Eating more protein has been shown to boost weight loss results, help control blood sugar levels, and improve feelings of satisfaction after meals, but is there a downside? To investigate scientists analyzed data from two studies. In the first 28 women aged 43-80 ate 750 fewer calories a day to achieve a one-and-one-half-pound weight loss each week for 12 weeks. Fifteen of the women ate meat-free diets with protein from vegetarian, dairy and egg sources. Their total protein intake was 18 percent of their daily calories. The other 13 women ate 30 percent of their calories from protein with 40% from lean pork and 60% from vegetarian, sources. All of the women lost about 19 pounds each on average, but those who ate the higher-protein, meat-containing diet lost more bone density.
In a second study, 43 postmenopausal women each ate a 1,250-calorie diet for nine weeks. All of the women ate the same 1,000-calorie vegetarian diet, but 15 also received 250 calories from chicken breast meat, 14 women ate 250 calories from beef tenderloin and 14 women ate 250 calories from shortbread cookies and sugar-coated chocolates. All of the women successfully lost weight, but the groups that consumed the higher-protein meat-containing diets also lost bone.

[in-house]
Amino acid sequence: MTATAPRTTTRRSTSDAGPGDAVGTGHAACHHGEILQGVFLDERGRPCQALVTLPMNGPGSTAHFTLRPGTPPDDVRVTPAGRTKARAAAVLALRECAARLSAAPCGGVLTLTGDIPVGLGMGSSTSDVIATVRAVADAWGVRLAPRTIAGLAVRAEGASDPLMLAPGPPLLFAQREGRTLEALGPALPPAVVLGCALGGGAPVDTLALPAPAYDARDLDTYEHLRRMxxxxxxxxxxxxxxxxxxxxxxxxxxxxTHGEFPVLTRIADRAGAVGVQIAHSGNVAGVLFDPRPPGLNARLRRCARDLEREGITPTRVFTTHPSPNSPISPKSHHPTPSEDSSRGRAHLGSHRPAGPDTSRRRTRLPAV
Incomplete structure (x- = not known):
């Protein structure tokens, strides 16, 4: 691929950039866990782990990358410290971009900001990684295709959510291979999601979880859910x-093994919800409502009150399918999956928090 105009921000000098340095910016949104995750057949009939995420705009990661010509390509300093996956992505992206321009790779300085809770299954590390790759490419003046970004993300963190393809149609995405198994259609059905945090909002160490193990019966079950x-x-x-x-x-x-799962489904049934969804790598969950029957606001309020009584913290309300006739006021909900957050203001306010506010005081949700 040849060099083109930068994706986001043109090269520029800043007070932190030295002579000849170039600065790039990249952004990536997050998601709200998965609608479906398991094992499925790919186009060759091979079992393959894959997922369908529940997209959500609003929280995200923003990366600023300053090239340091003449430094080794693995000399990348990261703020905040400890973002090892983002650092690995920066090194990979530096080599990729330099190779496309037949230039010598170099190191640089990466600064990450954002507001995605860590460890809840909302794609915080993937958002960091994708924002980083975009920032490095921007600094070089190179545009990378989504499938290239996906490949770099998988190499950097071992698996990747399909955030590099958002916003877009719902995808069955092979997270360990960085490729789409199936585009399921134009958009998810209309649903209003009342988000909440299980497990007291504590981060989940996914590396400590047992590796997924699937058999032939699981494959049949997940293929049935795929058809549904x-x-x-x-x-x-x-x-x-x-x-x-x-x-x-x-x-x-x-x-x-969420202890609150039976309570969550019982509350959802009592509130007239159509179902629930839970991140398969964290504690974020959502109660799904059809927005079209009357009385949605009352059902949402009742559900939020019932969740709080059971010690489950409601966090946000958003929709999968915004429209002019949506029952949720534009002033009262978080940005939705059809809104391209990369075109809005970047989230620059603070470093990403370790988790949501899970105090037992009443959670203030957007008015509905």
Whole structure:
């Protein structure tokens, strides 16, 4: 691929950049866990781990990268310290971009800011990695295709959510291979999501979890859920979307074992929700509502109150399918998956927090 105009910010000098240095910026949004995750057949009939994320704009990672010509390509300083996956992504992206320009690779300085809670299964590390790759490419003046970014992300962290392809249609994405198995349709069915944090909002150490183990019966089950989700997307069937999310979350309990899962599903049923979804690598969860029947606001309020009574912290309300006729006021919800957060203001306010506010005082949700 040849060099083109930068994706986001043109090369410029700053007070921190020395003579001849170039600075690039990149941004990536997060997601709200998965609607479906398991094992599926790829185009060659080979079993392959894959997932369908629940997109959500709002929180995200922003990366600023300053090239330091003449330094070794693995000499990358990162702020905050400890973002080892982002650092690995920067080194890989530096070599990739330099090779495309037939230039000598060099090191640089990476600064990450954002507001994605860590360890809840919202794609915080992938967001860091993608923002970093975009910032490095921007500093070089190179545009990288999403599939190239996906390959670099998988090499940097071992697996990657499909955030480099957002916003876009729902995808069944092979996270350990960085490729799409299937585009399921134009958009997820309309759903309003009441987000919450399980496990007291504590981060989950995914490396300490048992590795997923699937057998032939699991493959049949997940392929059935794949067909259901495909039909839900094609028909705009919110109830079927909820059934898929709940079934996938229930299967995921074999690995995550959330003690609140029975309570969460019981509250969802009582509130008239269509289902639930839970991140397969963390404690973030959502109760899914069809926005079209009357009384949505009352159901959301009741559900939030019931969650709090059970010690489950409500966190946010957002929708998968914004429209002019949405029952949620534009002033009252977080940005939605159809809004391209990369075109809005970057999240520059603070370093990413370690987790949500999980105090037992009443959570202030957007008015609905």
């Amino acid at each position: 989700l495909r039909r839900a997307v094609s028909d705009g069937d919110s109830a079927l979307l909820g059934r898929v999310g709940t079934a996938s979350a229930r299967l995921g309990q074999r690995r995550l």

The lesson: if you build more protein into your meals don't load up on meat. Even if you aren't ready to go veggie all the way commit to being a part-time vegetarian (also called a flexitarian).
Here are a few ways to swap meat for plant-based protein and guess what? You'll save calories at the same time:
Make tacos with ½ cup black beans instead of 3 oz 90% ground beef.
Save 95 calories
Make a sandwich or wrap with 1 serving organic extra firm tofu rather than 3 oz deli turkey
Save 40 calories
Swap a turkey burger for a grilled Portobello mushroom and 2 Tbsp hummus
Save 60 calories
Are you an omnivore who eats veggie meals part-time? If so how often and what are your favorites? Please share!
Image: National Cancer Institute